BULLYING AND RESPONSIBIITY

by michael on September 20, 2011

Moments ago I found this website addressing bullying in schools and in cyberspace: http://marlothomas.aol.com  I linked to the specific website. It offers links to a dozen or so video commentaries and interviews with Ann Shoket, who works for Seventeen Magazine. The magazine is advancing an antibullying campaign. Here is the website: http://marlothomas.aol.com/2011/09/19/mondays-with-marlo-ann-shoket/?icid=maing-grid7%7Cmain5%7Cdl27%7Csec1_lnk2%7C96945.

 You, of course, will judge whether there is practical wisdom infused in the magazine’s anti-bullying campaign. The way I see it, bullying will be reduced or eliminated only by holding the bullies unequivocally accountable for their behavior. The only way that will be done is by holding the overseeing adults—school teachers, school administrators, parents of bullies, judges and police—fully accountable for performing their jobs.

 For more than twenty years I have talked to young children about many topics. Bullying had always been and continues to be a topic of singular concern to school children. I have read voluminously on bullying and, as a result, have opinions about the practice that can be supported by empirical evidence. As with any anti social behavior, bullying flourishes, at least in schools, in large measure, because it is tolerated. Teachers don’t stand up to bullies as a general rule. When they do, all too often the teachers are not supported by their unions or by the administration. The parents of bullies – no surprise here — are not cooperative in implementing punishment of their children.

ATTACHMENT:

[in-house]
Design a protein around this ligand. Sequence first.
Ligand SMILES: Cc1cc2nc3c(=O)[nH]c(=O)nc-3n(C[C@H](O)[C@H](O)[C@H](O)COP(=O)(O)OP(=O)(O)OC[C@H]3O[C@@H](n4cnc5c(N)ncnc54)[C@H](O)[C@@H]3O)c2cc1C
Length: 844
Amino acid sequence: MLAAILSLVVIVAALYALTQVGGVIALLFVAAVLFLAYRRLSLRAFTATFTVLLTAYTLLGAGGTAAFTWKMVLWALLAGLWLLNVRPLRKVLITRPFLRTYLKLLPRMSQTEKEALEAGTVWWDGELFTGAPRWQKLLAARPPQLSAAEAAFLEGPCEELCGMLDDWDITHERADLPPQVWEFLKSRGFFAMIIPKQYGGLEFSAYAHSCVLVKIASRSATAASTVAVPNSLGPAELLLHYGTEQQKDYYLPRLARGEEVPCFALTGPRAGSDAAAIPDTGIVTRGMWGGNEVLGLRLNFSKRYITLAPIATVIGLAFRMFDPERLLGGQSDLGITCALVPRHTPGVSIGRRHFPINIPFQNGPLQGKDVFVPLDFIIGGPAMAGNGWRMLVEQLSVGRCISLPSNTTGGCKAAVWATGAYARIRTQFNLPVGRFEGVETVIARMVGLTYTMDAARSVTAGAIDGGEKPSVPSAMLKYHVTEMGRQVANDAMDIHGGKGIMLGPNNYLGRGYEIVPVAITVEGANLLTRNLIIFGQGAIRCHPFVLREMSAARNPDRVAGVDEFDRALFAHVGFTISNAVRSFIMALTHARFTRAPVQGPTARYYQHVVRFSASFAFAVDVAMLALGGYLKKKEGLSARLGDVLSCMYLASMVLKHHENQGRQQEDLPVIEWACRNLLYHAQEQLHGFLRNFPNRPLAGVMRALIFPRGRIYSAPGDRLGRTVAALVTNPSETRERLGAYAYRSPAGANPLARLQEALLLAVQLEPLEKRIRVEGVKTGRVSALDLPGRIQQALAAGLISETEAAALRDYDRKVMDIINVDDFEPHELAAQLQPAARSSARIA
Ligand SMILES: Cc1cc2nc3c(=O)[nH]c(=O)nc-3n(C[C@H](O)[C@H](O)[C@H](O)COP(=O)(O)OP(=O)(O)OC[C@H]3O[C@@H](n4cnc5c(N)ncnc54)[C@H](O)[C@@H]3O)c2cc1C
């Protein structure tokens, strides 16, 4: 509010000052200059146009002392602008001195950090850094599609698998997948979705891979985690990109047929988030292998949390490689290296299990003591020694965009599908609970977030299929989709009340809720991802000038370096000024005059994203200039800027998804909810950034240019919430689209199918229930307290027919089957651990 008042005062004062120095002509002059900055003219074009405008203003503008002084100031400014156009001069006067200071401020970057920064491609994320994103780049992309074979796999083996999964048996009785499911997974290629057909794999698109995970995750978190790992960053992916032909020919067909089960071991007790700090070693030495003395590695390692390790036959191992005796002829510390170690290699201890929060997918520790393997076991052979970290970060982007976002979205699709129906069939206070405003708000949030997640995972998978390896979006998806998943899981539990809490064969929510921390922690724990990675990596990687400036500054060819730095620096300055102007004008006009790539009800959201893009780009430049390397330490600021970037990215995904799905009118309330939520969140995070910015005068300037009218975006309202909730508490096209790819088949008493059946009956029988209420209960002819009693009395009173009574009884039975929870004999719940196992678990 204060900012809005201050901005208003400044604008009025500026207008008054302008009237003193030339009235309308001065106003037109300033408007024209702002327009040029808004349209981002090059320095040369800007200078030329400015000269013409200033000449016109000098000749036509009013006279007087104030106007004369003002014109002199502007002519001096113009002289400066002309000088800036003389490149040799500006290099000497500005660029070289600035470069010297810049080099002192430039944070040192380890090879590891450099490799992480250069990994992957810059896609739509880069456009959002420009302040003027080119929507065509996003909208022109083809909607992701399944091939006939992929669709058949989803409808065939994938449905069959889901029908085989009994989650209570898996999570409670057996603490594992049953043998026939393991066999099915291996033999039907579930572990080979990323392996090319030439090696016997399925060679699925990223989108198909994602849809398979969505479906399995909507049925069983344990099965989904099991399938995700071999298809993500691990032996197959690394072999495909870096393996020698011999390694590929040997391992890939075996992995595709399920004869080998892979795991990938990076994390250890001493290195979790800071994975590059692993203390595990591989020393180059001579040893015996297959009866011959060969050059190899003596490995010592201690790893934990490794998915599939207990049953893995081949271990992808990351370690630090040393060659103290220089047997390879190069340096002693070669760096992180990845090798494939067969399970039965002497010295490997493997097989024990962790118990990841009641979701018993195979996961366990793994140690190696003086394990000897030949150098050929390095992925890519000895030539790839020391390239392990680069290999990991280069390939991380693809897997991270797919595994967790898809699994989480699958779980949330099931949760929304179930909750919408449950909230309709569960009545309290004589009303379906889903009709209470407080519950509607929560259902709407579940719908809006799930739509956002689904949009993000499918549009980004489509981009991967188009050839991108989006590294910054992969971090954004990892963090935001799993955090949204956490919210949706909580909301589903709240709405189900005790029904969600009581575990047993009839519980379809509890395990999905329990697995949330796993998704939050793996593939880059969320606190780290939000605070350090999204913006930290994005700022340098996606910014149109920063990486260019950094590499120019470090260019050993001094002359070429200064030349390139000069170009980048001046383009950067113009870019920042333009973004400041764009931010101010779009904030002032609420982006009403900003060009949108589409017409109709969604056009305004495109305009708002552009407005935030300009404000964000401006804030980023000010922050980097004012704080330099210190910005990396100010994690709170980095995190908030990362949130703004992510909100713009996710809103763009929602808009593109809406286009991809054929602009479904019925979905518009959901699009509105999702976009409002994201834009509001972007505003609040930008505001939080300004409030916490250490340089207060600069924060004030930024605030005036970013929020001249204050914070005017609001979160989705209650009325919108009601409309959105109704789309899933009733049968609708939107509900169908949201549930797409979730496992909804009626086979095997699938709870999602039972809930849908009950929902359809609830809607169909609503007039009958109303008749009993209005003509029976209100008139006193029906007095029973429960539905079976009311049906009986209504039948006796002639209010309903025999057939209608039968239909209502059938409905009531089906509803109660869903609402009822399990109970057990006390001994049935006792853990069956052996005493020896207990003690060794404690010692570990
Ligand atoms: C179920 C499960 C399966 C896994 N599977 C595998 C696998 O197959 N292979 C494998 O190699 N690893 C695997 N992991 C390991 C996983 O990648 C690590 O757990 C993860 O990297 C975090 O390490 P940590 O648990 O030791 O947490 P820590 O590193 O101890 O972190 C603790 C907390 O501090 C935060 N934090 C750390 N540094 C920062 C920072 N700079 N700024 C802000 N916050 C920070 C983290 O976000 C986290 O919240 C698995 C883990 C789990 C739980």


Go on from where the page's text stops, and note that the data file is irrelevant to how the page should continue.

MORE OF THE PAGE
Bureaucracies need to be adaptive and flexible in order to survive. School bureaucracies have proven astute at surviving. Given the uproar, quite broad but not very deep, over the evils of bullying, schools have created clever strategies to create the appearance of aggressively responding to bullying but which, often, do nothing. Once strategy of schools is to expand the definition of bullying to absurd realms of totally trivial significance. The tactic, then, is to attack the trivial in order to create the illusion that the core bullying behavior is being remedied.

 Thus, the definitions of bullying have been expanded to incorporate not being inclusive, not letting someone play with you, saying words that are not nice and hurting feelings the feelings of others. Note the perverse moral equivalencies that are created: not letting someone play kickball with you is morally and definitionally equivalent to smashing a skull with a baseball bat. Not inviting someone to sit with you at the lunch table is equivalent to racist or ethnic violent attacks.

 The strategy is as transparently dishonest as it is pernicious: it picks on the weak and the insignificant with a kind of totalitarian flair: How does one defend against the charge of not including someone in your playing? How does one defend against the charge that someone’s feelings were hurt? The alleged victim becomes the abuser, and the bureaucrat enforcer takes the easiest path of resistance and condemns the accused. In the meanwhile, serious bullying is ignored.

 Teachers have been beaten, threatened, cursed, intimidated and demeaned throughout the country—mainly in inner city schools but not always—without protection or support by any institution, including the ones they pay dues to, or, if you prefer, to those to which they pay dues.

 Bullying will respond to the classic laws of economic incentives: ignore it, re-define it into something meaningless, and you will get more of it; punish it, attack it, get rid of the bullies, and you will have less of it. It’s that simple. People that bully are bad; the people that, from their offices of physical safety, ignore or finesse bullying are worse.

 More later

 

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